RUSSIAN naval activity in the straits has become ‘a matter of concern’, admitted the Gibraltar government.
It comes after it emerged that leader Vladimir Putin’s vessels are stopping off at least 10 times a year at the Spanish north African enclave of Ceuta, just 68 km from the Rock.
It has led to a stinging rebuke from a group of MEPs over Russia’s use of Ceuta as a regular refuelling base for its submarines, destroyers and frigates since 2011.
Some 11 MEPs complained to the European Commission that it amounted to a breach of the EU’s sanctions against Putin for his annexation of the Crimea.
A spokesman for the government told the Olive Press: “The use of a Spanish port by the Russians when Spain is a NATO ally must be a matter of concern.”
However, he added: “The defence of Gibraltar is the constitutional responsibility of the United Kingdom and so is any matter related to the presence of Russian submarines in this area.”
A spokesman for the British government’s Foreign Office told the Olive Press that access to Spanish ports is a matter for the Spanish authorities.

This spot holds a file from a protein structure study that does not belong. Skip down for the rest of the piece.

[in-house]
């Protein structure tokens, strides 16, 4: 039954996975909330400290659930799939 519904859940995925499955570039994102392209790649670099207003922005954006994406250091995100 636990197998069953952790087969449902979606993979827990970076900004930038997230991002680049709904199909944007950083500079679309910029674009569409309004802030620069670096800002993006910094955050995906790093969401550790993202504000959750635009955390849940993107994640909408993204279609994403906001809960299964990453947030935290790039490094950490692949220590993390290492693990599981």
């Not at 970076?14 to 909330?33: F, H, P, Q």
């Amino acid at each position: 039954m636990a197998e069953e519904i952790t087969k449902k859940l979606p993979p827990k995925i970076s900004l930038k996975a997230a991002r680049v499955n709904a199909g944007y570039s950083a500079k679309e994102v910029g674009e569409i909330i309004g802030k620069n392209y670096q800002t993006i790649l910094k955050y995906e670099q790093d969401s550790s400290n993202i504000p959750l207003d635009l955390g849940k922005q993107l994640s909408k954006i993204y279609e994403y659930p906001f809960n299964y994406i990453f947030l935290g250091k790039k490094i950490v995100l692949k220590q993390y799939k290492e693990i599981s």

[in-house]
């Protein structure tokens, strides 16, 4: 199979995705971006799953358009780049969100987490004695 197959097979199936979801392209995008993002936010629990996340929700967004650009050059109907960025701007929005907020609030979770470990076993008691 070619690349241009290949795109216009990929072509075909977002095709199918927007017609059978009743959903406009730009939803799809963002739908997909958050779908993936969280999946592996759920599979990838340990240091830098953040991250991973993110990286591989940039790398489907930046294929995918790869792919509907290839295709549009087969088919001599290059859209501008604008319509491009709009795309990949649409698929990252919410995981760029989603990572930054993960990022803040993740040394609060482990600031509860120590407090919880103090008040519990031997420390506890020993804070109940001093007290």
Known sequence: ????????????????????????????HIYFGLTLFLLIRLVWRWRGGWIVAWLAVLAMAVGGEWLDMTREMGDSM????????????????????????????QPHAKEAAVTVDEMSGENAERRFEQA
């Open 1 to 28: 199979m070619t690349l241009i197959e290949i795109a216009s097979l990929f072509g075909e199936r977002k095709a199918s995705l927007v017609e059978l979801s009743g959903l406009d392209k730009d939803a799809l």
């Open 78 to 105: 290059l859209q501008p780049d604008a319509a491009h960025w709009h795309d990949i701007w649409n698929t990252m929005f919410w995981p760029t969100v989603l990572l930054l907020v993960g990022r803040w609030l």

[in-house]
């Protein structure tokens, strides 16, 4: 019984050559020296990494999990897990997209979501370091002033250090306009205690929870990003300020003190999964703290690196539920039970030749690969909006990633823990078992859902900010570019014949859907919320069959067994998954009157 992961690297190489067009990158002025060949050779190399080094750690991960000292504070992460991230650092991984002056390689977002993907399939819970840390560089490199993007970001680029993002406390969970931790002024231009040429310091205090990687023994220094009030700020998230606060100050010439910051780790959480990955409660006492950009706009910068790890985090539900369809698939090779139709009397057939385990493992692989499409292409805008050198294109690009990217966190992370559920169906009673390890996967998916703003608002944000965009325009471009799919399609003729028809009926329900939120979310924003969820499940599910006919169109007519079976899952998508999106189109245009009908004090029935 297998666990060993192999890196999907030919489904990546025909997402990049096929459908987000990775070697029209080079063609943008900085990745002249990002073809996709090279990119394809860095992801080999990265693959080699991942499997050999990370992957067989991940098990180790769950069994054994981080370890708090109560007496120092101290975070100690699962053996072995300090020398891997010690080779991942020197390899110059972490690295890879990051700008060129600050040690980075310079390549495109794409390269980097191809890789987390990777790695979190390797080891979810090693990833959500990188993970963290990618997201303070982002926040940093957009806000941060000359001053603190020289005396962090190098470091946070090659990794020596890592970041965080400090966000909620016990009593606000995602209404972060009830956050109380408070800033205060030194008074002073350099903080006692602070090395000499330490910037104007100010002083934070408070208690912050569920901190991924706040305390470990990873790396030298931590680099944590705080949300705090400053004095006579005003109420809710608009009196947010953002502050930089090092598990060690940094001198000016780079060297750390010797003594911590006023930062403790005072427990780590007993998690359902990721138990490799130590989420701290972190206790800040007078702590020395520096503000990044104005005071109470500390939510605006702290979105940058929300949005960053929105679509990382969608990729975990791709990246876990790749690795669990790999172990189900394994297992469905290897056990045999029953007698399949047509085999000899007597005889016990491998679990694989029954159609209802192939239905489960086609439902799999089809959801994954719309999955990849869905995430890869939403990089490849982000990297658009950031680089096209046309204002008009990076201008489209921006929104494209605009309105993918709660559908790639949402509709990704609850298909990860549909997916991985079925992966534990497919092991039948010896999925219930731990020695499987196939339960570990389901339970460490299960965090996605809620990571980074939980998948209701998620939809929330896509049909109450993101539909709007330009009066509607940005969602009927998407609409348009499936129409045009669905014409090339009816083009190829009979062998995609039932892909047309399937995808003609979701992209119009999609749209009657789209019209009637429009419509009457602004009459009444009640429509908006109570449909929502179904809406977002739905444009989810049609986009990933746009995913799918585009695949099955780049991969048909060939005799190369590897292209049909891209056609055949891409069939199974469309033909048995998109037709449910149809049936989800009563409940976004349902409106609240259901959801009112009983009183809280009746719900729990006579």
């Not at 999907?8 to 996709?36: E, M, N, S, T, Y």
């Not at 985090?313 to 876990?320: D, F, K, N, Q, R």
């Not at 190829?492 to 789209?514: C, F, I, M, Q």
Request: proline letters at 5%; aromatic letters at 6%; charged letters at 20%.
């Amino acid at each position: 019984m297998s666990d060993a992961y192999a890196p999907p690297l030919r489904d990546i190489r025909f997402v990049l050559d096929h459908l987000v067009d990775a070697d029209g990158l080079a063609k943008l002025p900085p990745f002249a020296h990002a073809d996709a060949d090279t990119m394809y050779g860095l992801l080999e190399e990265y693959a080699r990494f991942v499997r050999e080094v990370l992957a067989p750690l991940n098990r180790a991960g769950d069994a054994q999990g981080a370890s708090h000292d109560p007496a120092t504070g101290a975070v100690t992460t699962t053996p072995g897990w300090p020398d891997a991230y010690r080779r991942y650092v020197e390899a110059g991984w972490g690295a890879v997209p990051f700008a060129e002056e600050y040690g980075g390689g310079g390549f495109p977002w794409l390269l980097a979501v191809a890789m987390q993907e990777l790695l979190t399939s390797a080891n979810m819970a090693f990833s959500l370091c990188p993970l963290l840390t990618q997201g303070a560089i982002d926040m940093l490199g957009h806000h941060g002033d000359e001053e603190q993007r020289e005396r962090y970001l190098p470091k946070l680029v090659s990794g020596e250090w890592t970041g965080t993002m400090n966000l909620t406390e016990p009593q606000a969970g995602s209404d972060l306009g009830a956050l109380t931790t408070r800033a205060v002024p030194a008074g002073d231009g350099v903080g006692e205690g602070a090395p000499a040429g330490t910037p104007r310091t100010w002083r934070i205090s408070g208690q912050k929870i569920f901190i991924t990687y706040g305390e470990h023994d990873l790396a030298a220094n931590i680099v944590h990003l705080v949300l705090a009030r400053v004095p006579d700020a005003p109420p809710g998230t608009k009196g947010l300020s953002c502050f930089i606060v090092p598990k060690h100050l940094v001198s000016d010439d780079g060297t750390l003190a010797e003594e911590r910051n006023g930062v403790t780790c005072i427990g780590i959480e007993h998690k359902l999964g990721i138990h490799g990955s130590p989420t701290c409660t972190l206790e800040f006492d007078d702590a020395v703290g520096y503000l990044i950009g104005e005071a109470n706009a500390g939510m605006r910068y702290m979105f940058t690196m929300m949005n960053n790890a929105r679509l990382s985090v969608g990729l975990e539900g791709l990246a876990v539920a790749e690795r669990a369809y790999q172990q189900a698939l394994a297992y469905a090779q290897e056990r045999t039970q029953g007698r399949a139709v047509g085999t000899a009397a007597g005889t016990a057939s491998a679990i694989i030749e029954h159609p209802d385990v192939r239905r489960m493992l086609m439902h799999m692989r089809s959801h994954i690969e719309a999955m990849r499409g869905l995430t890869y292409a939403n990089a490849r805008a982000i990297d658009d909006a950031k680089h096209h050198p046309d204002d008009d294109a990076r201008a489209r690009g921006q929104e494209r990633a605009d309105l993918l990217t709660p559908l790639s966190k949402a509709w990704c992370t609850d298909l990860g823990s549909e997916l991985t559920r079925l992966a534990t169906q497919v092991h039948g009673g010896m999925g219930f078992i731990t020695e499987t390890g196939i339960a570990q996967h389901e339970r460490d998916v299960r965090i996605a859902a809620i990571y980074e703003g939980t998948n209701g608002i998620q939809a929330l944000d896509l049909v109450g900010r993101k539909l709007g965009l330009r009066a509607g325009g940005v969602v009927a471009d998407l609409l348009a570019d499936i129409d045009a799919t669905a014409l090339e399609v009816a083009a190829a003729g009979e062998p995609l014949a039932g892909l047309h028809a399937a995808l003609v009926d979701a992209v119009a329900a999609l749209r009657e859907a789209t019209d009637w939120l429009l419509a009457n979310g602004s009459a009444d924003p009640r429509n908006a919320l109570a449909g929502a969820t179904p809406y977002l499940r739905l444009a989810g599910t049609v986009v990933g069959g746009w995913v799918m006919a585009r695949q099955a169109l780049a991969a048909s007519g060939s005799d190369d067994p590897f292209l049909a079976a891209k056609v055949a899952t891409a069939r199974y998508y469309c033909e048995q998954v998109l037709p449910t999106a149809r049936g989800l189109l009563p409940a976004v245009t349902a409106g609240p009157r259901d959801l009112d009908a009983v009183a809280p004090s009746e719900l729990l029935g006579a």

“But we have underlined our concern to them about providing such access at a time when Russia is causing so much instability in Eastern Europe,” the spokesperson told the Olive Press.
Spanish diplomatic sources have claimed the stops are ‘routine maritime activities and never military activity.’
The Russian stop-offs are granted by the Spanish Foreign Ministry on a case by case basis and bring around €1 million a year to Ceuta’s economy.
This behaviour has not been supported in the US, with one Washington-based think tank, The Heritage Foundation, describing Spain’s willingness to allow the Russian military to operate so close to Gibraltar as ‘a potential security problem’.
“This behavior is unbecoming of 21st-century NATO allies,” it said. “The topography of Gibraltar makes intelligence gathering a core function.
“Having Russian submarines resupply mere miles away presents a potential intelligence and security problem for the U.S. and its allies.”
Neither the British Ministry of Defence or Foreign Office were able to comment as we went to press.